This may be an unpopular admission, but… My Little Pony, while a pretty good show, is just a show to me. I enjoy watching it, but I don’t feel like it’s changed my life or anything. If tomorrow it was announced that I wouldn’t get to see anymore episodes of it, I’d be disappointed, but I wouldn’t throw a fit or anything.

What I really find amazing, and what stands apart from the rest, is the fandom. That’s what really drew me here. This is an incredible community, it really is. I mean, the energy and passion folks put forward is great. People make some amazing things to reflect their love for this show. But what I really like is the spirit of tolerance and cooperation in this fandom. Yes, there are a few trolls and jerks, as there are in any fandom, or really, anywhere at all. But this community doesn’t let them spoil it. I have never met a group of people so eager and willing to help and support not only one another but anyone they happen across.

You guys. That’s what I get from the show.

What do you want from life?

More time to write ponies, please. All this peripheral stuff like seeking food and shelter is awfully disruptive.

Why do you write?

I like creating things. Whether it’s drawing pictures when I should be taking notes in Linguistics or sorting out a character’s motivations and issues while I stand in line at the grocery aisle, I always am working on something in my head. Writing is just one of the ways to get it out of there.

What advice do you have for the authors out there?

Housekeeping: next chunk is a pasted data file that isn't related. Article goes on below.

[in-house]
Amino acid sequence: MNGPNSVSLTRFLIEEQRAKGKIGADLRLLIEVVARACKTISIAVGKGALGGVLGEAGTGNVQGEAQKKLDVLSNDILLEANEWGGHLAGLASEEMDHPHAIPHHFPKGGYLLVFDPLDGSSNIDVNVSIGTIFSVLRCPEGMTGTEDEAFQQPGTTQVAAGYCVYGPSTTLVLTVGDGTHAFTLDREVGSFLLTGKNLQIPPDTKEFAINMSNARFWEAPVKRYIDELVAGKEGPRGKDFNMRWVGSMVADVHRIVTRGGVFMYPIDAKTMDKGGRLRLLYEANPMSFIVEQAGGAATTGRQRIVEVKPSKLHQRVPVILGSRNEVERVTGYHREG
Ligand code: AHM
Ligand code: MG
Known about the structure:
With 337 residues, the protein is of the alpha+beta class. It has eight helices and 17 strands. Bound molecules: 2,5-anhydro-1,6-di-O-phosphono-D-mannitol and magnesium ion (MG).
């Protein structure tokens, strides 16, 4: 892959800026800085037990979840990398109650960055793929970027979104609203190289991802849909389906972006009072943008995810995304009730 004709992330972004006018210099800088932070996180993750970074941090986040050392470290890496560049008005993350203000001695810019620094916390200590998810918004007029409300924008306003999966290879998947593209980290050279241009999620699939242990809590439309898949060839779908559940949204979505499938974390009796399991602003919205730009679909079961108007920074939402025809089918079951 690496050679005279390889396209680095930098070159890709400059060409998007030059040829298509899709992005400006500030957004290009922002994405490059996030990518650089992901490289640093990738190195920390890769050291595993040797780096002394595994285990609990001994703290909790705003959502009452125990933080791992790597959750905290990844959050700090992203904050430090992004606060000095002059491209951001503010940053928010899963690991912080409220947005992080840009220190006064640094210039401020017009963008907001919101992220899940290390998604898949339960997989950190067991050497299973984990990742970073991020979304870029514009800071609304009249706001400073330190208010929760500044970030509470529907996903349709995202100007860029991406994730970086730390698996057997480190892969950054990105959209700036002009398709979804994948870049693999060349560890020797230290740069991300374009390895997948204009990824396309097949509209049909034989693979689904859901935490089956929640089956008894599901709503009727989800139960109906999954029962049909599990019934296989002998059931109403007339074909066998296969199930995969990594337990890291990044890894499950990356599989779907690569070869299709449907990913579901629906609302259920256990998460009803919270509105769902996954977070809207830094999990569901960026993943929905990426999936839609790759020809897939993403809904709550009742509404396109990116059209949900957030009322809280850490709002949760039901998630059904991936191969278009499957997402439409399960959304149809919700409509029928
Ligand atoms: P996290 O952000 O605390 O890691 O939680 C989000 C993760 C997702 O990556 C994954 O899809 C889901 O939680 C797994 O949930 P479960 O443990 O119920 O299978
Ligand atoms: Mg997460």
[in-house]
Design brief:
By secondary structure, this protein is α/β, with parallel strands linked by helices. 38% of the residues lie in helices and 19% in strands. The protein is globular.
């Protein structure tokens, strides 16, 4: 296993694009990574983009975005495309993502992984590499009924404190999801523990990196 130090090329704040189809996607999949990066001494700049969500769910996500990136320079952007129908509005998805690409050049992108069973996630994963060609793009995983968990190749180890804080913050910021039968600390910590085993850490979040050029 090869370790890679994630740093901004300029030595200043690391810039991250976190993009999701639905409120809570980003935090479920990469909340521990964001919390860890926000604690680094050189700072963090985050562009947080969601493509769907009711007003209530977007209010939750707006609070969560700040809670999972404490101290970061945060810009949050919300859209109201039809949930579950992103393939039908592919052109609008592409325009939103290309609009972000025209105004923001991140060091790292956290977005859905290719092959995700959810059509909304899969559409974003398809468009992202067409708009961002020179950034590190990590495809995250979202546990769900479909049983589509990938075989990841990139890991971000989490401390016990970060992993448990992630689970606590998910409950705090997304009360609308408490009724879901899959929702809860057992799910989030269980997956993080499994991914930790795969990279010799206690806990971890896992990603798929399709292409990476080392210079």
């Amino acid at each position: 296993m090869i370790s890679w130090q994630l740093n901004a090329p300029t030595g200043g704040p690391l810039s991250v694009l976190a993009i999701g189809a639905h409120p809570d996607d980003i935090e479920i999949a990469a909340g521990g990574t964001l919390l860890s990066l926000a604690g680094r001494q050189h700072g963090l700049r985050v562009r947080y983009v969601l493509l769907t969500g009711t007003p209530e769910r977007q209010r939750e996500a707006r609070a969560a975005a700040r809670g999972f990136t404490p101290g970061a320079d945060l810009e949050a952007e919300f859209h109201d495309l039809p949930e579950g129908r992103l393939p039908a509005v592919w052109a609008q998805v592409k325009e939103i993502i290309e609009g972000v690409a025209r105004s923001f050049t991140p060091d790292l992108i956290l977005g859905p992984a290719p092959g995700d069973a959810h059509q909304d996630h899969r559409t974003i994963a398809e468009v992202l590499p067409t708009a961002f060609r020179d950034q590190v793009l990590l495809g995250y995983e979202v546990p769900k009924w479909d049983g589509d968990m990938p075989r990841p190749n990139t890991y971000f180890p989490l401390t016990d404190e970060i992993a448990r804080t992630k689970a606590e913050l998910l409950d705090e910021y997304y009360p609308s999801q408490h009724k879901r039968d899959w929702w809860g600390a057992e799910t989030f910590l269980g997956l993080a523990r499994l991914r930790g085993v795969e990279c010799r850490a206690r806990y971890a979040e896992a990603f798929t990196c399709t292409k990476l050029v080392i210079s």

Well, I guess I have a silly little anecdote here. See, not long after I published my first story on FimFic, I very nearly quit writing. I couldn’t so much as open my word processor. It wasn’t because I got a poor reception — heck, my first story probably got way more attention than it really deserved — or because I was out of ideas, or anything like that. No, I nearly quit writing because I loved the ideas that I had for what to write next, but I didn’t want to write them until I was good enough at writing to do them justice.

That is a terrible, not to mention entirely silly, attitude to have about writing. Never be afraid of your writing. Never tell yourself you’re not good enough to write something. You become good enough by writing it.

What message or messages were you trying to convey with this story?

Carrots are a hardy, if temperamental, breed of plant. They require care and attention, but not too much attention or else they’ll get clingy, and nopony buys clingy carrots. Also, you need to be classy around them and for Celestia’s sake, don’t forget to focus. You’ve got to focus.

That’s what I’m trying to say.

We were all pleasantly surprised by the explanation for why Golden Harvest “can’t be gay;” it struck us as much more nuanced than an average story’s take on the same.  How did you come up with this story’s angle on that particular development?

I knew that I needed to subvert the usual cliches when it came to the reason Golden didn’t want to accept her sexuality. I, too, have seen many stories in which a character is closeted because of their homophobic parents, and I didn’t want to go down that road. So instead, I made her mother into the Lesbian of the Year, spokesmare for Ponyville’s gay community.